As organizations start to flock to the most popular solutions, they should take heed of Gartner’s advice, which cautions that organizations take the time to find the “right” solution and make sure that it can be aligned with organizational initiatives. As stated in the recent Gartner research: “Data catalog projects will fall short of their full potential if data and analytics leaders don’t link them to broader data management needs.” See Pitfall #2
“Data catalog solutions have gone from a 'nice to have' to 'must have' in the arsenal of data governance capabilities.”
What is the typical implementation timeline and how do I avoid pitfalls?
Data catalogs should be easily implemented within a few weeks to months. However, there are a few reasons why companies might experience more painful, less timely projects. If you have done your due diligence and selected a data catalog that is cloud-based, “on the stack” and aligned with your Enterprise Information Management(EIM) system and enterprise metadata management strategies, then it should be smooth sailing. However, if you have decided on a catalog that requires up-front customization, specific hardware or a team of specialized developers then you might be looking at a costly project.
Pitfall 1: Don’t take a vendor’s word for it
Vendors want to sell their solution. So sometimes weakness and limitations are glossed over. It is your job to make sure that you aren’t falling for “market-tecture.” When deciding on a catalog, check popular review sites like Gartner Peer Insights, speak with analysts and make sure you ask references about implementation.
Pitfall 2: Don’t be shortsighted
According to Gartner, companies should “Avoid data catalogs that do not have the ability to scale out beyond tactical use case requirements and connect to the broader enterprise metadata management and EIM initiatives.” Some companies are choosing data catalogs based on a single, tactical use case, such as inventorying the data in their data lakes. It’s important to understand that deploying a catalog for one tool or use will improve data usability, trust and shareability ONLY for that specific tool. This ultimately creates the need for a data catalog of all the data catalogs in your architecture. This is not the way to enable effective monetization in the long term. Before selecting a data catalog for one specific use case, make sure that you have evaluated options that span across use cases and are connected to your broader EIM needs.
Pitfall 3: Don’t assume that every catalog is usable by everybody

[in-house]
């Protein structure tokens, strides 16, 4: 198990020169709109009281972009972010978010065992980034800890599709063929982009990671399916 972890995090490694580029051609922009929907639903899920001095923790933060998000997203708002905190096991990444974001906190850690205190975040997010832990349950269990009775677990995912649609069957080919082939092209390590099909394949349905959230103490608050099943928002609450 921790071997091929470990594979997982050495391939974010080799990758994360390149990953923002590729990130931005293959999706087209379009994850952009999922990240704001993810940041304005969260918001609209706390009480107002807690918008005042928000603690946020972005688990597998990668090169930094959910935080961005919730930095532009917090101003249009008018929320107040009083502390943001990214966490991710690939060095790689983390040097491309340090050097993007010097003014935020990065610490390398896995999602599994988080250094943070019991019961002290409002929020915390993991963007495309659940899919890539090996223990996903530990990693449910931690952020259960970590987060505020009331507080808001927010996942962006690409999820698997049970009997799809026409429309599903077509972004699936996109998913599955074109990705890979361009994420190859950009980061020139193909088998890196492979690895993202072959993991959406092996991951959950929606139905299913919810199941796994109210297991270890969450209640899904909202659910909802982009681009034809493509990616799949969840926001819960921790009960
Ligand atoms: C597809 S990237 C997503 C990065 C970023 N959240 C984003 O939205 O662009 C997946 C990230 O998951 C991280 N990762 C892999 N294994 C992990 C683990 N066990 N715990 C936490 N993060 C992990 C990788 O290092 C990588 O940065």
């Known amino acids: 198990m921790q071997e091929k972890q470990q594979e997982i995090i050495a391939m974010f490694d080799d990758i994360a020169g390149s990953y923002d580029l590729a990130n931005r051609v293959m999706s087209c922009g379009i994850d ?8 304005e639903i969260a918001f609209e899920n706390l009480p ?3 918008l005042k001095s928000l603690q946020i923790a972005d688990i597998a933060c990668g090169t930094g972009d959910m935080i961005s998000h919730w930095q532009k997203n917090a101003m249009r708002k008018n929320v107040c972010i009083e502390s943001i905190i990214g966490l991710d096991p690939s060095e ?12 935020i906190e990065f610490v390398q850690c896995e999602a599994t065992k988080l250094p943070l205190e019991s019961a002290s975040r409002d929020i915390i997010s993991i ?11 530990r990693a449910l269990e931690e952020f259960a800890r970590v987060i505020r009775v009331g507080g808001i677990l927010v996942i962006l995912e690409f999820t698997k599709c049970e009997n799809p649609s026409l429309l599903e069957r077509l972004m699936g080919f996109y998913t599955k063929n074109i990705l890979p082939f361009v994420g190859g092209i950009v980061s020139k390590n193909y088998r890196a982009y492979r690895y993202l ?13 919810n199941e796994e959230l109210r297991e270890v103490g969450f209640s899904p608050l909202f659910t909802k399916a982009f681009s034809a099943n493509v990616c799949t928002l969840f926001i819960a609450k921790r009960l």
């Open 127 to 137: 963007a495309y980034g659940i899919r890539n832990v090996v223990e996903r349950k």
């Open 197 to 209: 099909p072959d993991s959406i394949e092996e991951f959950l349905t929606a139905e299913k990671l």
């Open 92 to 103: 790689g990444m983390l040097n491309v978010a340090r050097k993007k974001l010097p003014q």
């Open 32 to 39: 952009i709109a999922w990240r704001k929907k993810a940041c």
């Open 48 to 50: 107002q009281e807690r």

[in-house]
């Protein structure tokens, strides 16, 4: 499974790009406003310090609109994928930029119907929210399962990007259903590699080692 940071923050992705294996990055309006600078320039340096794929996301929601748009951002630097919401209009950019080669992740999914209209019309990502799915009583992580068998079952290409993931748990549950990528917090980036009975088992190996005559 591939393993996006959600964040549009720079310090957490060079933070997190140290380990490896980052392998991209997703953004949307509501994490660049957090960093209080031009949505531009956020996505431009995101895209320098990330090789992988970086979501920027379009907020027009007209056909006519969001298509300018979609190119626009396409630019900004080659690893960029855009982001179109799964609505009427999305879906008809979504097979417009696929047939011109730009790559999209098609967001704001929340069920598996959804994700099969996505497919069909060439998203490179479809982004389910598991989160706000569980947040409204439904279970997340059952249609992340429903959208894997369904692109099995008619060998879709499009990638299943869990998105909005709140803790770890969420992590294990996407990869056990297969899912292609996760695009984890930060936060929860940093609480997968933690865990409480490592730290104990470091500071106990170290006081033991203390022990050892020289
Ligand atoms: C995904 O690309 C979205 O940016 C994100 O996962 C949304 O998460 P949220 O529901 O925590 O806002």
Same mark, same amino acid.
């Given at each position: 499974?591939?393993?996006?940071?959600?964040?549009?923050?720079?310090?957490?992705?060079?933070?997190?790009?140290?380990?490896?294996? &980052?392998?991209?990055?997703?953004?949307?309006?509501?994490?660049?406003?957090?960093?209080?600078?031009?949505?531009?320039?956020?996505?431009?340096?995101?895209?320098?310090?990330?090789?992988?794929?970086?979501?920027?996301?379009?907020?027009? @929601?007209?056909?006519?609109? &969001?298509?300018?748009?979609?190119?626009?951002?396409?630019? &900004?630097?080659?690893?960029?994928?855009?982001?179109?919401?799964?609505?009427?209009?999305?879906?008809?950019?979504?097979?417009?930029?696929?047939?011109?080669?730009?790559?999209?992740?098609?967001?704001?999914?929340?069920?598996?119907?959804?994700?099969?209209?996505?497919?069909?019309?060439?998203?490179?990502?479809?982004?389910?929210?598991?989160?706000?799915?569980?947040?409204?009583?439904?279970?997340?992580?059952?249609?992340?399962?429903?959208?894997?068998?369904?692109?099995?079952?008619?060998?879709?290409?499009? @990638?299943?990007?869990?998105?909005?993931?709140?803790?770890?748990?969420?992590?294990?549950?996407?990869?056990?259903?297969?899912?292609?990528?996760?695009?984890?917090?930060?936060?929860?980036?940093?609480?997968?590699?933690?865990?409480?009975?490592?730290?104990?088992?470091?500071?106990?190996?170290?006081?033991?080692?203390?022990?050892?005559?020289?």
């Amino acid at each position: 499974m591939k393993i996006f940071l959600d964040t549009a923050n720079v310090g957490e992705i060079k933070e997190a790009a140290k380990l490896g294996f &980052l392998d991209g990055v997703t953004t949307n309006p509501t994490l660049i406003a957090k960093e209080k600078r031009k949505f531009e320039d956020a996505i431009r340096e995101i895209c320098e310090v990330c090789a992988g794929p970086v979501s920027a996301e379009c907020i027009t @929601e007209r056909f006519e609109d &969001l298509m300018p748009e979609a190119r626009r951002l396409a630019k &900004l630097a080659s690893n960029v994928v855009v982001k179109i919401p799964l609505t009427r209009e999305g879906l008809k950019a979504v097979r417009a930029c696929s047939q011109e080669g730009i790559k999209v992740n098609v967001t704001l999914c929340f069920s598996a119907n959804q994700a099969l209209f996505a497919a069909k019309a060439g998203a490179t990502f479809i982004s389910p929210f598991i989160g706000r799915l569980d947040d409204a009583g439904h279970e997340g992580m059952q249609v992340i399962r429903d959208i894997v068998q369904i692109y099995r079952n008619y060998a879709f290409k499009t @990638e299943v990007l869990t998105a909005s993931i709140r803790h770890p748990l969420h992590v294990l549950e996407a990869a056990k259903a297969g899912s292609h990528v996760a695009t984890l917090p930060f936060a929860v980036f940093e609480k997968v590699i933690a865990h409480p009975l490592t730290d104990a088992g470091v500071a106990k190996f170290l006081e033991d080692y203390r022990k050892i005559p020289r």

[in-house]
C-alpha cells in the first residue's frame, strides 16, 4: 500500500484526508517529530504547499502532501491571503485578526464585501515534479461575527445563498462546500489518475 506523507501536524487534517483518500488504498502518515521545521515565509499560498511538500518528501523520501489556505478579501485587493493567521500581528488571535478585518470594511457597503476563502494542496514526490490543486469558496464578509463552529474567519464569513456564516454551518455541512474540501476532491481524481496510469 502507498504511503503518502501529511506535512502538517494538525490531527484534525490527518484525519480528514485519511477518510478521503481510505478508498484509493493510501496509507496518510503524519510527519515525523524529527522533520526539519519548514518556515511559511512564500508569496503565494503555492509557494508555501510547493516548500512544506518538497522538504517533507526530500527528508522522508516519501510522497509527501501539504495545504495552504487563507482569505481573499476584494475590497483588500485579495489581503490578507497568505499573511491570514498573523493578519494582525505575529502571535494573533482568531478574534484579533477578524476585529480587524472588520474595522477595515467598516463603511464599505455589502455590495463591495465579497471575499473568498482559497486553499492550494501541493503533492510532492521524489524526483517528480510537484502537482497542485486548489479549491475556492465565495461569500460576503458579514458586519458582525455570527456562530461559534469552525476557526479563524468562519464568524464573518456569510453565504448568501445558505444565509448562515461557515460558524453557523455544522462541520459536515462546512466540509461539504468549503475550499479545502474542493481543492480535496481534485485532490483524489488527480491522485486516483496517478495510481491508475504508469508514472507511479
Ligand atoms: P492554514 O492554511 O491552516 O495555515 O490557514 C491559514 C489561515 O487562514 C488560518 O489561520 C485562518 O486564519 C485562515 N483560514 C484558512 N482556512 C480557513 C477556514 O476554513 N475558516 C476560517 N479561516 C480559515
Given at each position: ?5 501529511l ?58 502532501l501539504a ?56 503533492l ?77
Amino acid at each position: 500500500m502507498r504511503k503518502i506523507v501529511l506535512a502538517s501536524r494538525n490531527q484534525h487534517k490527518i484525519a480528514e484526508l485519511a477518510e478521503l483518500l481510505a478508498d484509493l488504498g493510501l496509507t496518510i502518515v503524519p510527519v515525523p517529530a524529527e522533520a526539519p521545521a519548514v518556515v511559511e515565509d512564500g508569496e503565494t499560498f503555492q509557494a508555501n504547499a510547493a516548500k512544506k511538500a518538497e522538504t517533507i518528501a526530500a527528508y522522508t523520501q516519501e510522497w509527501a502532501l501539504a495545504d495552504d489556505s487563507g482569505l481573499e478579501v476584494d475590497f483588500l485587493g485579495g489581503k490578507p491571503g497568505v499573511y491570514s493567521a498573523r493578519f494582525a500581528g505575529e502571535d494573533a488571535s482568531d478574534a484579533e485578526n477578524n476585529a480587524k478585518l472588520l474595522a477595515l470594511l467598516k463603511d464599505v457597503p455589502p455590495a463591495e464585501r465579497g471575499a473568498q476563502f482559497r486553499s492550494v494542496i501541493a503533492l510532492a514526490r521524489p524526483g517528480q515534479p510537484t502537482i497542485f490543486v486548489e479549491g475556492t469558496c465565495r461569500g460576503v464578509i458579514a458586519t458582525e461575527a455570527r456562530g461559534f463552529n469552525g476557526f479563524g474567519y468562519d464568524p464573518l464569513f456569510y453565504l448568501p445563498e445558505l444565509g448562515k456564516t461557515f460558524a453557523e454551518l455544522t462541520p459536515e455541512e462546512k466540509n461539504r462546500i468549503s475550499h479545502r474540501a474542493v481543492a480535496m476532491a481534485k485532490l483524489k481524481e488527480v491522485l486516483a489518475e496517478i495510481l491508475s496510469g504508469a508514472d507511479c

Some catalogs are built for a more technically minded user who is using SQL. These catalogs have some high- tech capabilities and provide a full picture into the technical lineage and providence of every bit of data in the ecosystem. Others are built more for business users that don’t care about SQL or about technical lineage, but are interested in the data that matters for the initiative they care about in a user-friendly way. Who is going to be using your catalog and for what reason? Make sure that you don’t try to force your business users into being IT coding experts. This could cause serious issues with adoption and ROI.
How do I choose the best data catalog?
It’s essential to spend the time up front to identify what functionality is important to your organization. You might find that different groups have different needs. Having this list defined when you start your search will help ensure you’re selecting the right solution. At a bare minimum, data catalogs should be able to:
- Discover what data is available
- Identify where it is located
- Provide information on whether that data can be trusted
Once you’ve checked the box on that basic functionality, there are several other considerations to ensure your catalog can be used to add business value in the future:
- Will it provide real-time integration with your data sources so that they are continuously populating the data catalog with the data that is critical to you?
- Is it easy to use?
- Can it search all your databases, on-premise or in the cloud?
- Will you be able to connect your data assets directly to organizational goals and initiatives so that you can see and measure how data drives your business?